MARQUETTE — A retirement ceremony was held for the first-ever K-9 handler at the Marquette City Police Department, who is given credit for growing the program into what it is today, as well as his furry partner, Frodo. ABC Ten’s Chelsea Birdsall has the details.
“They’ve been an excellent resource here at Marquette PD,” said Chief Blake Reiboldt of the Marquette Police Department. “They’ve been great ambassadors, not only to our K-9 program, which Marty started in 2003, but he’s really been able to mentor and teach some of our young K-9 officers.”
Those kind words from Chief Blake Reiboldt to Marquette City Police Department’s newest retirees, Lieutenant Mathias “Marty” Munger and his K-9, Frodo. Current and retired officers along with Lieutenant Munger’s family came out to see the duo honored at City Hall this afternoon.
“It’s been a career of enjoyment and pleasure and hard work; a lot of dedication and good people,” said Lieutenant Munger. “Even the public – yeah, you deal with some bad guys once in a while but I think most people are good. They just have a bad time they experience and we’re there to try and pick them up and move on.”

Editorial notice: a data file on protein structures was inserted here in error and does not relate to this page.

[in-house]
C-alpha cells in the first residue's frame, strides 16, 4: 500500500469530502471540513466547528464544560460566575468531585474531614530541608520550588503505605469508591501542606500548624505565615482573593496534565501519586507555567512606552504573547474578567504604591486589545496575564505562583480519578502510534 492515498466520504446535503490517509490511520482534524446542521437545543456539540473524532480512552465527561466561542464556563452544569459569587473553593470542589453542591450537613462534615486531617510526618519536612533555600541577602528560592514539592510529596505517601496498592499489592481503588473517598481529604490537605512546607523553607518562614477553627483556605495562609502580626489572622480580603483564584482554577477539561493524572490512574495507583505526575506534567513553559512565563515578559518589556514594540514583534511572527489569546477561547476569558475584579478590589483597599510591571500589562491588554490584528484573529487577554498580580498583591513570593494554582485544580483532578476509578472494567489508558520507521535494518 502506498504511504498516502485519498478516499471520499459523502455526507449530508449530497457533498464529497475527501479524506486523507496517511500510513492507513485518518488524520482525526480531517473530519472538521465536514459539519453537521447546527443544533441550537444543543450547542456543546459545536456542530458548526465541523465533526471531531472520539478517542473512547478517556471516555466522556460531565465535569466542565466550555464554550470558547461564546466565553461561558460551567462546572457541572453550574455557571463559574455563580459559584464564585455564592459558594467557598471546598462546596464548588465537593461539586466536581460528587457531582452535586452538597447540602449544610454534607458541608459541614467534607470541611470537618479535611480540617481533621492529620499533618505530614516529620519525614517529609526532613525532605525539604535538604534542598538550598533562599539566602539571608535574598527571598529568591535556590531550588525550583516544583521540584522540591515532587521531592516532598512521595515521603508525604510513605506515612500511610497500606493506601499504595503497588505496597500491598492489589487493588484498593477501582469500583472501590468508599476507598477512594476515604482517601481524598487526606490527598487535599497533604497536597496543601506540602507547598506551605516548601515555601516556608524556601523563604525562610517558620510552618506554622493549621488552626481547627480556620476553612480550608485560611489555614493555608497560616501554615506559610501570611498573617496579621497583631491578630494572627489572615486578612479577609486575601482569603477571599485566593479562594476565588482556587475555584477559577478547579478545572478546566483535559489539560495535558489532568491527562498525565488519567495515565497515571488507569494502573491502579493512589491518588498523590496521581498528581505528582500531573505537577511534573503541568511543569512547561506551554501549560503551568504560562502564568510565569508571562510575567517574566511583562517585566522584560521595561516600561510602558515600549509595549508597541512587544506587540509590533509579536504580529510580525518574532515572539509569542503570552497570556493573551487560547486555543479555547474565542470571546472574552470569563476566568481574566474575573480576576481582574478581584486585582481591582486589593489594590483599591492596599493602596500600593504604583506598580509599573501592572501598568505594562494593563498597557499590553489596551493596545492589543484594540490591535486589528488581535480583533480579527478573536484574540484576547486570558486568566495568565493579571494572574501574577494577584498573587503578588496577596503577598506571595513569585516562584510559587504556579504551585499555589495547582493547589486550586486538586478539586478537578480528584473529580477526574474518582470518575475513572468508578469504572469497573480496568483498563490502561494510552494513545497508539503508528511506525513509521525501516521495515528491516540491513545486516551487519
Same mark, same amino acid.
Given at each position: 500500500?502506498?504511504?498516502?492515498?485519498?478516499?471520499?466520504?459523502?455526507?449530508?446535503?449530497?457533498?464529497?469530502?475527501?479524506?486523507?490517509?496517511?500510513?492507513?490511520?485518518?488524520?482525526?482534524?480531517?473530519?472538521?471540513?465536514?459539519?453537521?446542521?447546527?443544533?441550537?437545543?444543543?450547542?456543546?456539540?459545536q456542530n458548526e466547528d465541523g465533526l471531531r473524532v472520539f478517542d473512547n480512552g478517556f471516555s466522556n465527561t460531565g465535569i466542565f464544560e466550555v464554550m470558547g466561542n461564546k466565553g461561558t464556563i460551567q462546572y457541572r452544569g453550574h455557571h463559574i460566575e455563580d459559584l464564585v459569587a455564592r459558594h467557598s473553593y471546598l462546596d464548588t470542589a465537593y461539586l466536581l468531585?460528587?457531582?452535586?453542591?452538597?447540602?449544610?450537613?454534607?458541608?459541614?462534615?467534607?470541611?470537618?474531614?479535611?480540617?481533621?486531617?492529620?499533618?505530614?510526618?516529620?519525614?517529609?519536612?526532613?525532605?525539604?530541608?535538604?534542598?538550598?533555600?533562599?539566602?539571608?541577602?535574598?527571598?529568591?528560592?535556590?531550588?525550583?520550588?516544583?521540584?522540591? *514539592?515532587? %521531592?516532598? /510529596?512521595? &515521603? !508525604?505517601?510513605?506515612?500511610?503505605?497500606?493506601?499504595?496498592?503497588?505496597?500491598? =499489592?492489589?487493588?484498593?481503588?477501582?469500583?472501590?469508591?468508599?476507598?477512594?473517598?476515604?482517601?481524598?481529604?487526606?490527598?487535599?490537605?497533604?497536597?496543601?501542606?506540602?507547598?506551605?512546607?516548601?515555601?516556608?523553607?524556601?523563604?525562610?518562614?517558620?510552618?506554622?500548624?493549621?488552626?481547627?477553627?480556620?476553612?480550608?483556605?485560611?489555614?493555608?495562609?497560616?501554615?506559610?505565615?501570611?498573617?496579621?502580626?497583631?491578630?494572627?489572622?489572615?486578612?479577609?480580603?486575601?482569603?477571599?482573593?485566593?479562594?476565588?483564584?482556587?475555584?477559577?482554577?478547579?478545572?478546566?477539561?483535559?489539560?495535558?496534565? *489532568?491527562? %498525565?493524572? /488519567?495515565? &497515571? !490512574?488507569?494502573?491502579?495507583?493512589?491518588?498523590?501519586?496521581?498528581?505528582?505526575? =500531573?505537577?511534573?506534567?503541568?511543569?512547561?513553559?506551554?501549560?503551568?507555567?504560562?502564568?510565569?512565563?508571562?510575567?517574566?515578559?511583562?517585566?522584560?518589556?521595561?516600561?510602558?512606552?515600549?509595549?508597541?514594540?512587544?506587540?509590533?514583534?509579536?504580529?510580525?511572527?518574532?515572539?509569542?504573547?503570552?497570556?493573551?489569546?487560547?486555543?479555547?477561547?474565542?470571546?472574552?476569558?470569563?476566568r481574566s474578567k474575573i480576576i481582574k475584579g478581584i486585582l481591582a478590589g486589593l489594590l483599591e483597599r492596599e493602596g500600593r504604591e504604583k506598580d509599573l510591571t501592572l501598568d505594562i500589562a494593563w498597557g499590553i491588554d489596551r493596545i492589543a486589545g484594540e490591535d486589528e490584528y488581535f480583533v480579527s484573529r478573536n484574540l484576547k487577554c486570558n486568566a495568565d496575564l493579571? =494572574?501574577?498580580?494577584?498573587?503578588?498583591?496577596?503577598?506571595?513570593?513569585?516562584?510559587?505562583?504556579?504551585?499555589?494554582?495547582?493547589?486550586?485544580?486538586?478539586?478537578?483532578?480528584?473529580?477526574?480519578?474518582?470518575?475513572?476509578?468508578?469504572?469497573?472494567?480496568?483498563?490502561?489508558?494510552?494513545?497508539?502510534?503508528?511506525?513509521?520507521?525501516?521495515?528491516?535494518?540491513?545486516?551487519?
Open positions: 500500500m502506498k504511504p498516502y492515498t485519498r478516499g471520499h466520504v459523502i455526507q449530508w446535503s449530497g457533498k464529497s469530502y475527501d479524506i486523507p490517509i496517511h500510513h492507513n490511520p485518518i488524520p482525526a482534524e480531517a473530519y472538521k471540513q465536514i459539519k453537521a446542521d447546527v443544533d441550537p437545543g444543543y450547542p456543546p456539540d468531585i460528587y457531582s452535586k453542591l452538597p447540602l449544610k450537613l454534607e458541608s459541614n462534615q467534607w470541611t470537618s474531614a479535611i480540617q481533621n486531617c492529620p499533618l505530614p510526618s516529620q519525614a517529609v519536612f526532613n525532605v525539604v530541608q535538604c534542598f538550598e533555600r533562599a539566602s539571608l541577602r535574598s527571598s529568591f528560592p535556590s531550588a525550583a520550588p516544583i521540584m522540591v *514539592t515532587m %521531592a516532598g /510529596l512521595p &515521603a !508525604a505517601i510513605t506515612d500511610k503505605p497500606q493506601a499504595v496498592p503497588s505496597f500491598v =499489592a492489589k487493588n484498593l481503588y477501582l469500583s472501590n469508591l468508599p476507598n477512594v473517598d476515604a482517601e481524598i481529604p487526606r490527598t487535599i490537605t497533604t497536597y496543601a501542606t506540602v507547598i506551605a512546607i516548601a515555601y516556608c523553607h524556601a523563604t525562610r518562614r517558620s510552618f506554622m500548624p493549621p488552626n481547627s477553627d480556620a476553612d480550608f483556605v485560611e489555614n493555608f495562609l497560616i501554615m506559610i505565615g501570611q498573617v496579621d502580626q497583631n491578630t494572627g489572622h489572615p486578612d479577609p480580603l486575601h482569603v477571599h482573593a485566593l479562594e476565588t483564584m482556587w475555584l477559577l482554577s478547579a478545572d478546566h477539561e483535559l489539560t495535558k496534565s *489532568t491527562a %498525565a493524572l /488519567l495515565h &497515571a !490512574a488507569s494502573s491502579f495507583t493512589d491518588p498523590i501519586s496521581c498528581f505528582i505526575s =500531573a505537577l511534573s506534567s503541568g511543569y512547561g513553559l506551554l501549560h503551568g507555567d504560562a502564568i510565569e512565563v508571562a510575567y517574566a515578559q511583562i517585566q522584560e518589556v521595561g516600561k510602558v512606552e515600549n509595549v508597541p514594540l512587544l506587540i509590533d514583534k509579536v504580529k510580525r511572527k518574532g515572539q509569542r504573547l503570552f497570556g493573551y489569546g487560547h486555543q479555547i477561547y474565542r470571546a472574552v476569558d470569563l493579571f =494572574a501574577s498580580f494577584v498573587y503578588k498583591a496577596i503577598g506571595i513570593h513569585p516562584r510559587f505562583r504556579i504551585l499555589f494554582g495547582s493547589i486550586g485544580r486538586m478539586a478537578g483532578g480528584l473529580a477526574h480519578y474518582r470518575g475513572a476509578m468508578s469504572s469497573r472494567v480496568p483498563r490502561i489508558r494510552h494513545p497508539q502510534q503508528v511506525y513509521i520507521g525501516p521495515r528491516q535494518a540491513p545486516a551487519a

With 25 years dedicated to the force, Lieutenant Munger has spent the last 14 of that growing the K-9 program at the department, something he is single-handedly given credit for. Back in 2003, it was just Munger and his partner Nero, working to make the program the best it can be. Now, nearly a decade and a half later, there are two K-9 handlers, and two K-9s, Skud, who specializes in drugs and tracking like Frodo, and Nitro, who specializes in explosives. Once the newest officer is officially certified and has a good handle on handling, the department intends on purchasing a second drug and tracking dog to replace Frodo. Since Munger is a master-handler and is certified to train dogs in both drugs and tracking as well as explosives, the department had him work one-on-one with the other two handlers.
“The new guys here, they have new vehicles, good equipment, but that hard work to try and get to that point – I remember those and they were a lot of fun,” Lieutenant Munger said. “I see the different changes with the new guys and their handling and the experiences they’re having. It makes me smile to see what they’re going through and it make me smile to see them progressing and doing very well with their dogs.”
Frodo is eight-years-old, the average age for retirement for police dogs, and is living with degenerative myopia, which gives him spine issues that makes it hard from extraneous activity. So, Frodo is not only retiring with Lieutenant Munger, but he’s also going home with him.
“This dog here was probably the best tactical dog I’ve had as far as control with bite work and things like that, but it’s like a game to him. He’s really easy to get along with once you get close to him.”
Munger is not too sure what they’ll be doing in retirement, but he says he’s very thankful for having had such a great career.